Teaching for Success

Title: Teaching for Success
Author: Mark Fletcher
Publisher: English Experience 2000
Reviewed by: Rose Schaefer
Review date: May 2004

Teaching for Success, by Mark Fletcher, is a "Brain Friendly" approach to teaching and learning. The subtitle for this book is, "The BRAIN-friendly Revolution in Action!" The brain friendly approach uses neurological research to find the best teaching and learning applications in the class room. The author illustrates different methods using audio and visuals to use all parts of the brain so the students will be motivated and successfully learn. It’s an innovative approach that will help you take the classroom out of the "old school way of teaching."

At first glance, I thought it was too "off the wall" for me. I’m a teacher who barely has time to finish lesson plans much less spend time reading this book that I thought didn’t apply to me. Besides, I’m a psychology major, I know how the brain is supposed to work. However, as the author points out in the opening pages, you need to "give it a fair chance before you make judgements." And I did and was fascinated.

Once I began reading the book (and it’s definitely not a textbook, but a wonderfully illustrated book), I realised how wrong I was. I was going to give the ideas in this book a chance. The book reminded me of what I already knew but forgot or didn’t know how to apply to the classroom. It was inspiring and informative. It reminded me of why I want to be a teacher.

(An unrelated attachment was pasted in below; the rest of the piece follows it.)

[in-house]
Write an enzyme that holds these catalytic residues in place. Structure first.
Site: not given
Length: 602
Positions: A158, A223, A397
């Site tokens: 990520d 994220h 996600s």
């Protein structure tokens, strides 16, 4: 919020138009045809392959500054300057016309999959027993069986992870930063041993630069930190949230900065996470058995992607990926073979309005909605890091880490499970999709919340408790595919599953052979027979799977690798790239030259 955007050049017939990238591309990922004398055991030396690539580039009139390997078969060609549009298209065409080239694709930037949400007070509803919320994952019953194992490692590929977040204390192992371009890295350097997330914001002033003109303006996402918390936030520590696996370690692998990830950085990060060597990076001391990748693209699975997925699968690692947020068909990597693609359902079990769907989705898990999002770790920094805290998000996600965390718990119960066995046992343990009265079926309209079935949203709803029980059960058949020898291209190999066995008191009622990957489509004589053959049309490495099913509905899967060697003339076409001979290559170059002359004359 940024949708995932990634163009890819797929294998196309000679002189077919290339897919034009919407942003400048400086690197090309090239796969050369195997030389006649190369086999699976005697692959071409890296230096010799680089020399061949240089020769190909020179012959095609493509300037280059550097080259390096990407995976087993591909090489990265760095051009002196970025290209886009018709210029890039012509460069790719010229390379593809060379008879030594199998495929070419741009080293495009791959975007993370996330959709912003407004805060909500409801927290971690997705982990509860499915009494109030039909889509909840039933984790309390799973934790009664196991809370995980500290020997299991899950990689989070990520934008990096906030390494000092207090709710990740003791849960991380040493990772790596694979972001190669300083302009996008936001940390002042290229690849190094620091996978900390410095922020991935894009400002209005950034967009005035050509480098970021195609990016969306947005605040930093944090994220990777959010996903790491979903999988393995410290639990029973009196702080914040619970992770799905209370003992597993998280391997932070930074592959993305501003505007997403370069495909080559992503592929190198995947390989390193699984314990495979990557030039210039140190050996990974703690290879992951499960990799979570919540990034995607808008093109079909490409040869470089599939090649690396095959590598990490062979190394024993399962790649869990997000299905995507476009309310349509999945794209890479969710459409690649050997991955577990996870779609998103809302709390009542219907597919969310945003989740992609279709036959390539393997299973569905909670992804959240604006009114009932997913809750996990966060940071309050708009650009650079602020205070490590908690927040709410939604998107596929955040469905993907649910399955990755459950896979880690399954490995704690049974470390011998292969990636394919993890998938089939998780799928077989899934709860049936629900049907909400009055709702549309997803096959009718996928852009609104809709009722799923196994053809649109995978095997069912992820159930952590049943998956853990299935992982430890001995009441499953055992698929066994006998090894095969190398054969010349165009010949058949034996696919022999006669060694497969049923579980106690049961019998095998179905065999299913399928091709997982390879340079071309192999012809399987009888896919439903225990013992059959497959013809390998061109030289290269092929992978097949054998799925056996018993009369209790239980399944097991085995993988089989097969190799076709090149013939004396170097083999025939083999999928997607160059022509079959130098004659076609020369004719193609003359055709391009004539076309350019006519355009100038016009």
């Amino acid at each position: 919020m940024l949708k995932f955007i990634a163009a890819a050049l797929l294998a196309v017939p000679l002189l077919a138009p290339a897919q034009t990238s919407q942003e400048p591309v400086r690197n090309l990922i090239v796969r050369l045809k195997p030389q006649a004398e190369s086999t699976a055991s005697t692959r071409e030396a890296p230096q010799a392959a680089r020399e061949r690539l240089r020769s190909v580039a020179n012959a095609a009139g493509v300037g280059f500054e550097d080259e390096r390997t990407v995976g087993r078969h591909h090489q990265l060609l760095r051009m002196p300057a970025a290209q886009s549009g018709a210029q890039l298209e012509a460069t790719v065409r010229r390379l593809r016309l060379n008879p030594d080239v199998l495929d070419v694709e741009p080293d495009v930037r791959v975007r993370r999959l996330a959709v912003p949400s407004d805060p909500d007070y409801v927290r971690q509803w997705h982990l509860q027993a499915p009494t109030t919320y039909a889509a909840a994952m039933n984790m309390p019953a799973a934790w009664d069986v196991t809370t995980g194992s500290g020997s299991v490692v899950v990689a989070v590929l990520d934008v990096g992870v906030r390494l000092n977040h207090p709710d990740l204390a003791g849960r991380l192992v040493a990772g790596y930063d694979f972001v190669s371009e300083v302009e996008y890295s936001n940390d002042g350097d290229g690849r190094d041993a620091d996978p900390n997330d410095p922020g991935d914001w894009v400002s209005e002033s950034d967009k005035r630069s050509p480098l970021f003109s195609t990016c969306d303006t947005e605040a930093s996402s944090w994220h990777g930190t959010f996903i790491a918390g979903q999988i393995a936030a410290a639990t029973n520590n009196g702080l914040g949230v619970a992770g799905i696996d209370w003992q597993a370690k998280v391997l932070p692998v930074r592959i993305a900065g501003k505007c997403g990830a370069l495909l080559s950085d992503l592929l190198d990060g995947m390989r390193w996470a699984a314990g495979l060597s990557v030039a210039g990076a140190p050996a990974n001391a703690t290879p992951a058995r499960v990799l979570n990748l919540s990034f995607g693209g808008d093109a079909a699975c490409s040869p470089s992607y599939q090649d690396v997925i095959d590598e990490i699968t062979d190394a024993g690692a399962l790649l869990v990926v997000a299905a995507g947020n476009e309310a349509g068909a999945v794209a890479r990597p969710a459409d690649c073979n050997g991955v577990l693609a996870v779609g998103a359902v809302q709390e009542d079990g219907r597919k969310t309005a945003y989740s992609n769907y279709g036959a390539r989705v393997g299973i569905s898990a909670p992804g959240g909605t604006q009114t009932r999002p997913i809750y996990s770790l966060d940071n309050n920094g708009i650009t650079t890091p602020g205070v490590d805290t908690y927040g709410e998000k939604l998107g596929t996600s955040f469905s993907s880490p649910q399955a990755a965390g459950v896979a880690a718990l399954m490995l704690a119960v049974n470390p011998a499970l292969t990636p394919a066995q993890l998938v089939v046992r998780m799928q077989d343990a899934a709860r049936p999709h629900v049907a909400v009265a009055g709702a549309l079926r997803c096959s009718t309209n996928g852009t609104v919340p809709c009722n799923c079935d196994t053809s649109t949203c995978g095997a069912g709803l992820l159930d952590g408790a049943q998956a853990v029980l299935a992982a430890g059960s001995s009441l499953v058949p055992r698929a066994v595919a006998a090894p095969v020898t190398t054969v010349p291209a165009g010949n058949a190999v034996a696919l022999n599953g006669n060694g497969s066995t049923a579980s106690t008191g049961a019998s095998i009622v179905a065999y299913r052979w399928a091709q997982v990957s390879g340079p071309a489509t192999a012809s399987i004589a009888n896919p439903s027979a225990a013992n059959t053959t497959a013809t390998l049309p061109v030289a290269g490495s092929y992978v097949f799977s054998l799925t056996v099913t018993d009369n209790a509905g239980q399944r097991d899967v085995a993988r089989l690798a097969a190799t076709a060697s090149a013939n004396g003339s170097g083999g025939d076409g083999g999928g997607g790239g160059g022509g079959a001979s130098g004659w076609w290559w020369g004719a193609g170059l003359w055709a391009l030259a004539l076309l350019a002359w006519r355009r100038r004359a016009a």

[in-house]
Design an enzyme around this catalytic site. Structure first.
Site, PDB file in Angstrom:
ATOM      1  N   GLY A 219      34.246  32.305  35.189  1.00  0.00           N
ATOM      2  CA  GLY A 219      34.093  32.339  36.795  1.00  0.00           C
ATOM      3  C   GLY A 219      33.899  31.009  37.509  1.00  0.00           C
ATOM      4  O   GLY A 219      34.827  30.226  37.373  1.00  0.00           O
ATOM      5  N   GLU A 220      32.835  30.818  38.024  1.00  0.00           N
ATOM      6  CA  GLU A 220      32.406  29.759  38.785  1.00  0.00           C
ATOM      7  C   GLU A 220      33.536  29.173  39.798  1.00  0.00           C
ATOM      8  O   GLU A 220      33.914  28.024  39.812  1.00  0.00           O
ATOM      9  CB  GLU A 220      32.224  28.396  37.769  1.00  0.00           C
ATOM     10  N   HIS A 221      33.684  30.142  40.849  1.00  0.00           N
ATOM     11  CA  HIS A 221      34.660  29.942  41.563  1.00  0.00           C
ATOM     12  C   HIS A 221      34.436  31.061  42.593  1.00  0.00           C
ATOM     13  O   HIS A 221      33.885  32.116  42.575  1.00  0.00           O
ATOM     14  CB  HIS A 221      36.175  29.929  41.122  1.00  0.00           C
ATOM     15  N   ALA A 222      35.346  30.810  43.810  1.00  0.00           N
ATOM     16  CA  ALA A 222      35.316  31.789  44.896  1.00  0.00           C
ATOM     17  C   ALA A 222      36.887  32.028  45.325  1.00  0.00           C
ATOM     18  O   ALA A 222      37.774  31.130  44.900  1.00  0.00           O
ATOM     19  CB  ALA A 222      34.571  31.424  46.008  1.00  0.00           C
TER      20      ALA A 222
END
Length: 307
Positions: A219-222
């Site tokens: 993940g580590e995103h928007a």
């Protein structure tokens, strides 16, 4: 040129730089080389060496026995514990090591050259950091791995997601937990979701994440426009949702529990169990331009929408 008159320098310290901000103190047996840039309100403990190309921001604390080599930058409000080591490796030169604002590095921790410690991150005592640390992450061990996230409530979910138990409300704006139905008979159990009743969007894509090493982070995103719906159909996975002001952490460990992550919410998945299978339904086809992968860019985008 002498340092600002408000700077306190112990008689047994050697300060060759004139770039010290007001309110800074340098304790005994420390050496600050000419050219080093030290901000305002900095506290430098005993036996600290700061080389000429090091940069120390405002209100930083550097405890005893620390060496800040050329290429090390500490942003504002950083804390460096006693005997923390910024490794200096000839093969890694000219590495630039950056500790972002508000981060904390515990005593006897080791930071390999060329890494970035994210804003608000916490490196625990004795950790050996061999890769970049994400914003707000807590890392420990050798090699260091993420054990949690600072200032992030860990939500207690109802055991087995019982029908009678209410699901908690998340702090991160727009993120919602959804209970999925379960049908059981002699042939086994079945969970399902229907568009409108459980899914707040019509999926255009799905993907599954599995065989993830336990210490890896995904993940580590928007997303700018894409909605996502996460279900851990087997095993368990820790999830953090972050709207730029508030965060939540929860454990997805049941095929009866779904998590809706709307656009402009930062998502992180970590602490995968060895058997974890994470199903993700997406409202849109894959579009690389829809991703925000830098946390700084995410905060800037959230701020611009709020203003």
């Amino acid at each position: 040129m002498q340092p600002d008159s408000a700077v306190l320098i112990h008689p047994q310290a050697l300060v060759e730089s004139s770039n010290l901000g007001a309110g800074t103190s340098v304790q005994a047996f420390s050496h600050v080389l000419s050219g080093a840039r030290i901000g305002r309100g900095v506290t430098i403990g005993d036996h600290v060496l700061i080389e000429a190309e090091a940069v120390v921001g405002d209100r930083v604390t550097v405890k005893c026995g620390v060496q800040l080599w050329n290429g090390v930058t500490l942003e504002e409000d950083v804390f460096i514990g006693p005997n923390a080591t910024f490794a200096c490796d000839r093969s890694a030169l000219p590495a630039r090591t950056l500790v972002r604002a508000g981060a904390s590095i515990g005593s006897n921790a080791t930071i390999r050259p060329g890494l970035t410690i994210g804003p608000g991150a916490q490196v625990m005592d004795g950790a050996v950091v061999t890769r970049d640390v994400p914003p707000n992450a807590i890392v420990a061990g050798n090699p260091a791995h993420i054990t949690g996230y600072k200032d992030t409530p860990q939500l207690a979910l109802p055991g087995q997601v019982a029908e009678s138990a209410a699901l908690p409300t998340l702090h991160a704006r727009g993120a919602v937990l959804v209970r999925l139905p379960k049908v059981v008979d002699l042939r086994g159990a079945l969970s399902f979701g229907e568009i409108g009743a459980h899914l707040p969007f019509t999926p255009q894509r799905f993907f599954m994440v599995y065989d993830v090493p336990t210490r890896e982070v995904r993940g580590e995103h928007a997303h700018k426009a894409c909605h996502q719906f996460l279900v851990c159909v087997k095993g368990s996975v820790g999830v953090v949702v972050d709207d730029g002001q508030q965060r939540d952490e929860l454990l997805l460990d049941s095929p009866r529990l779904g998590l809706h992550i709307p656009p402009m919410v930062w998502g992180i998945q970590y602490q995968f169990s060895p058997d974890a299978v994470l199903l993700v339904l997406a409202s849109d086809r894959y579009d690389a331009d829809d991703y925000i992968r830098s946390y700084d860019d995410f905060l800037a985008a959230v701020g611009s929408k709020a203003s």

Mr. Fletcher begins the book with "big questions". The first one is, "Can we be better teachers/learners by getting more of the brain involved? If so, how do we do it?" Excellent question!

Because people learn in different ways, the author uses lists and mind maps throughout the book. The book is wonderfully illustrated by Mr. Fletcher, as well. He also uses "ponder points" throughout the book to encourage the reader to think about ideas.

The author begins the book by giving details of the parts of the brain and how it works. This is crucial to understanding how to motivate and teach your students. In a lesson-planning checklist, he outlines how we can use all parts of the brain by looking at our lessons.

The book continues with learning styles and memory. Can we correctly identify the learning styles of our students so we can present the information to them in a way in which they will actually retain it? If our students don’t seem to be improving, what can we do to assist them? I have a wide range of ages for students. From 20 (learned English from an early age) to 50 (who are beginners). I need to treat them differently, of course, and this book has given me new ideas in how to successfully get my older students to learn.

Mr. Fletcher suggests, as I think most of us know but maybe don’t use very much, that the use of colour, pictures and music enhances the learning process. He gives many examples of how to use audio and visuals in the classroom, even if the environment isn’t optimal.

The book can be read in parts or in its entirety. I highly suggest reading it in its entirety first, without spending time doing the exercises. This worked for me so I had a sense of what this was all about. Then, I went back and started working on the exercises and re-reading the parts that stood out or I didn’t quite grasp the first time. This is a great resource book that can be referred to as we come across problems in the classroom.

This book should be read by all teachers, whether you have a psychology degree or not. It’s inspiring and informative. It reinforces what we already know and gives wonderful new ideas on how to "Teach for Success." Do give it a fair chance.

TEFL.net ESL Reviews & ArticlesRose Schaefer is a Business English teacher and Key Account Manager in Beijing, China.